Feb. 10 — A congressman from the home state of Overstock.com may play a key role in shaping legislation enabling states to collect more taxes on online purchases.
Rep. Jason Chaffetz (R-Utah) is working with sponsors of the Marketplace Fairness Act (H.R. 684 and S. 743) and House Judiciary Committee Chairman Bob Goodlatte (R-Va.) to refine the legislation to address opponents' concerns, a spokeswoman for Chaffetz told Bloomberg BNA Feb. 10.
Chaffetz is not crafting a specific bill but instead is working on concepts that would address Goodlatte's priorities for online sales tax legislation, said Chaffetz's spokeswoman, M.J. Henshaw. Goodlatte hasn't scheduled a hearing on the issue and is still collecting ideas, a Judiciary Committee aide said.
Overstock, based in Salt Lake City, is among a coalition of businesses that has joined against the Marketplace Fairness Act. The legislation would allow states to compel out-of-state online retailers to collect sales tax.
The National Governors Association has said states lose out on as much as $23 billion annually in uncollected sales tax on remote sales. Most consumers don't declare such purchases on state income tax returns as required, officials have said.
“We do think that a federal solution is achievable,” said Mark Griffin, Overstock's senior vice president and general counsel. The group opposing the bill is the NetChoice Coalition.
Griffin said Chaffetz reached out to the company after Goodlatte in recent months asked him to work on the issue. Overstock and Chaffetz have exchanged ideas about possible changes to the bill, he told Bloomberg BNA.
Overstock, founded in 1999, employs 1,492 people and reported $1.3 billion in revenue in 2013, according to its Web site.
Goodlatte released a set of principles for online sales tax legislation in September 2013, such as ensuring that online retailers are treated equally with bricks and mortar stores; that out-of-state retailers should have a viable way to challenge tax-related actions by other states; and that state sovereignty is respected.
He has not commented extensively on the issue since then. A committee aide said Goodlatte welcomes input from lawmakers, industry groups, state and local governments and taxpayers and that he has received “several creative ideas.”
Some of Goodlatte's concerns will be easier to address than others, and the prospects of legislation passing in 2014, a midterm election year, appear unlikely, Griffin said. He said he hopes Congress can set groundwork for legislation that passes later, perhaps between the November elections and the end of 2014, or in another year.
The primary sponsors of the bill in the House are Reps. Steve Womack (R-Ark.) and Jackie Speier (D-Calif.). The Senate version, sponsored by Sens. Mike Enzi (R-Wyo.) and Richard Durbin (D-Ill.) passed the Senate in 2013.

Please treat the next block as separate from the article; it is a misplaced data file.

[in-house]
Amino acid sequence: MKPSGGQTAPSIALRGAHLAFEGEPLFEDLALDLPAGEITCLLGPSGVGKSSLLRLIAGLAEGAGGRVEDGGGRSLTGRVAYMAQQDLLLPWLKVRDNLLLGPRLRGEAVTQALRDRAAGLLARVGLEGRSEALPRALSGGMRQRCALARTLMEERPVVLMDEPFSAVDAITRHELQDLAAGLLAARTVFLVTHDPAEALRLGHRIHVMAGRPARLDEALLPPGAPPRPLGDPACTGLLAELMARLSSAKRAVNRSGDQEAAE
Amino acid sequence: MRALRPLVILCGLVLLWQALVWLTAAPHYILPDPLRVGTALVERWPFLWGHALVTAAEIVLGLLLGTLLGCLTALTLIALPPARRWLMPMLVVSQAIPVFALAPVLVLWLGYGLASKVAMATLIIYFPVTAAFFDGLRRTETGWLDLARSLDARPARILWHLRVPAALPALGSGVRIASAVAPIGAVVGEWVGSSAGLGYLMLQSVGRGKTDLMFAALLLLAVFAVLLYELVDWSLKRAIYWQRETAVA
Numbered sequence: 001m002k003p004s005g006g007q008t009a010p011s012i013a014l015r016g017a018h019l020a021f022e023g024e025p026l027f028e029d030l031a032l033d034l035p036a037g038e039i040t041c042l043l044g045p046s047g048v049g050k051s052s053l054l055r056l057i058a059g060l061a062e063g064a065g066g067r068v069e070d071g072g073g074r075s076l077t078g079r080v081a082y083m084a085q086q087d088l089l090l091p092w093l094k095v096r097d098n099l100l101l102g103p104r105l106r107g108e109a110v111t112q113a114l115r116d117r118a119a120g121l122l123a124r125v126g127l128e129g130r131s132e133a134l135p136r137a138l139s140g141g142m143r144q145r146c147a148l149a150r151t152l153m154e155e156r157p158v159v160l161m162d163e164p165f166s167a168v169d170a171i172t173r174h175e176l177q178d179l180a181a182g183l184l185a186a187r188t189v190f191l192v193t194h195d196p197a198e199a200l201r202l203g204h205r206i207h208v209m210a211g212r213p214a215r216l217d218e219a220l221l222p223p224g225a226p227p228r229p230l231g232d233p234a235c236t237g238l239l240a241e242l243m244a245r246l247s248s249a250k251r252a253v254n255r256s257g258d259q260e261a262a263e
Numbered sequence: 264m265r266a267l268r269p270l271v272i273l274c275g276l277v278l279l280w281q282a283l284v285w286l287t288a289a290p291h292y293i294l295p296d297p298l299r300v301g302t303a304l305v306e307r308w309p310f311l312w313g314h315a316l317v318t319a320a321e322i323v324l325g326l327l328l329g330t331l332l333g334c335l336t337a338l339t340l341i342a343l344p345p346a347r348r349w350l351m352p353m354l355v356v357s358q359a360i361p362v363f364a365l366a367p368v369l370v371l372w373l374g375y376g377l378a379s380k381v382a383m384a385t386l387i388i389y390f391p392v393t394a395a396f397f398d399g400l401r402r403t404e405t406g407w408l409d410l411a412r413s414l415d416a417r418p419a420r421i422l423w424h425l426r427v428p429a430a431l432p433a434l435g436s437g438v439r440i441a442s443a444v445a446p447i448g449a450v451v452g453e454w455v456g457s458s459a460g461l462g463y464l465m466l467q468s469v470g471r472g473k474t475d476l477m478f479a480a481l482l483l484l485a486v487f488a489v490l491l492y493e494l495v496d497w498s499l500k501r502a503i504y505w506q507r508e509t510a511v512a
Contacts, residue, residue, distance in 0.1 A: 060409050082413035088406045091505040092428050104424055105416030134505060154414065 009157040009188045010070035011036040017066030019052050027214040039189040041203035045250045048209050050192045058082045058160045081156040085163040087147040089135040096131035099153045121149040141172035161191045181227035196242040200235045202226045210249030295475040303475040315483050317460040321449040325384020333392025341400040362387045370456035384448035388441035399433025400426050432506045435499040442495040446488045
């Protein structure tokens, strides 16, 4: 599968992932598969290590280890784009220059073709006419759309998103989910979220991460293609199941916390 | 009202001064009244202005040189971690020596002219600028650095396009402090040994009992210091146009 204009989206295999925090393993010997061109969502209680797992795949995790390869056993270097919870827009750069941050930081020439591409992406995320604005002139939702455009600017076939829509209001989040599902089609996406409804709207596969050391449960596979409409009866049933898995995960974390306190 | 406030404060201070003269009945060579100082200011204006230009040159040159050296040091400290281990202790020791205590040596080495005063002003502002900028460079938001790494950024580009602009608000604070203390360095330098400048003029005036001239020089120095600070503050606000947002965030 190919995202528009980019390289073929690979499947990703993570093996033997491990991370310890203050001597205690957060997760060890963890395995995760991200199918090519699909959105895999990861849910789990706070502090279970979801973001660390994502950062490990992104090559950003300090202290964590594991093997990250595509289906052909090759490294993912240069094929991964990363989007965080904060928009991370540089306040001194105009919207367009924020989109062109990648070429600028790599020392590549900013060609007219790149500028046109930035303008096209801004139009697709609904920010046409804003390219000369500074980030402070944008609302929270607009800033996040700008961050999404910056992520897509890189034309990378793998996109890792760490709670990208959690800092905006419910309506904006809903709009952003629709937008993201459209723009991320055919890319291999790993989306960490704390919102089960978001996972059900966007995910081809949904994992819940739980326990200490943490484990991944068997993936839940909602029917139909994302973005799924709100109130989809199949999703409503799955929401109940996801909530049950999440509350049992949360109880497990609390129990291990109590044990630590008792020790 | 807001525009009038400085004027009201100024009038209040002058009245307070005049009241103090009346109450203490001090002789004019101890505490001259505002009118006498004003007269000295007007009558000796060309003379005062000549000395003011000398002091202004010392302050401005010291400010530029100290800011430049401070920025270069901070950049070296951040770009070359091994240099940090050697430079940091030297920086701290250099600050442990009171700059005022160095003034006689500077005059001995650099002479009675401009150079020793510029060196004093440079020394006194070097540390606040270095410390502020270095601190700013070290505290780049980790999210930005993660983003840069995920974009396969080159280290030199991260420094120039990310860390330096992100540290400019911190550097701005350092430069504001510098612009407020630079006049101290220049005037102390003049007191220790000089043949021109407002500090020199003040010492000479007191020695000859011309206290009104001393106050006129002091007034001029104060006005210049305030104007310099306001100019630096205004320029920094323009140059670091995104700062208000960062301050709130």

The bill's critics have said it would force retailers to comply with a maze of state sales tax regulations, including rates that vary among more than 9,600 taxing jurisdictions nationwide and don't uniformly apply to the same types of products from state to state.
In addition, Griffin said, Overstock fears having to appeal sales tax related cases to various state courts around the country instead of to federal court—an issue tied to Goodlatte's concern about retailers' appeal rights. “Venue matters to us,” he said.
From Overstock's perspective, Griffin said, inaction is preferable to the Marketplace Fairness Act. But the current system has become a complex mix of requirements from state to state, he said, as legislatures enact laws compelling sales tax collection and redefining what constitutes a physical presence in a state—the standard the U.S. Supreme Court set in the 1993 case Quill v. North Dakota for triggering sales tax collection.
“That's one of the reasons we're at the table,” Griffin said.
The legislation has support from Democrats and Republicans. How it plays out with conservatives may determine how easily it can reach the floor. Proponents see the issue as a matter of states' rights, said Jason Brewer, spokesman for the Retail Industry Leaders Association, which supports the bill.
Proponents have worked to counter the argument that the bill clears the way for a new tax, saying it merely improves compliance with sales taxes that consumers are already supposed to pay, said Max Behlke, manager of state-federal relations for the National Council of State Legislatures.
“We've proven it's not a new tax,” Behlke told Bloomberg BNA.
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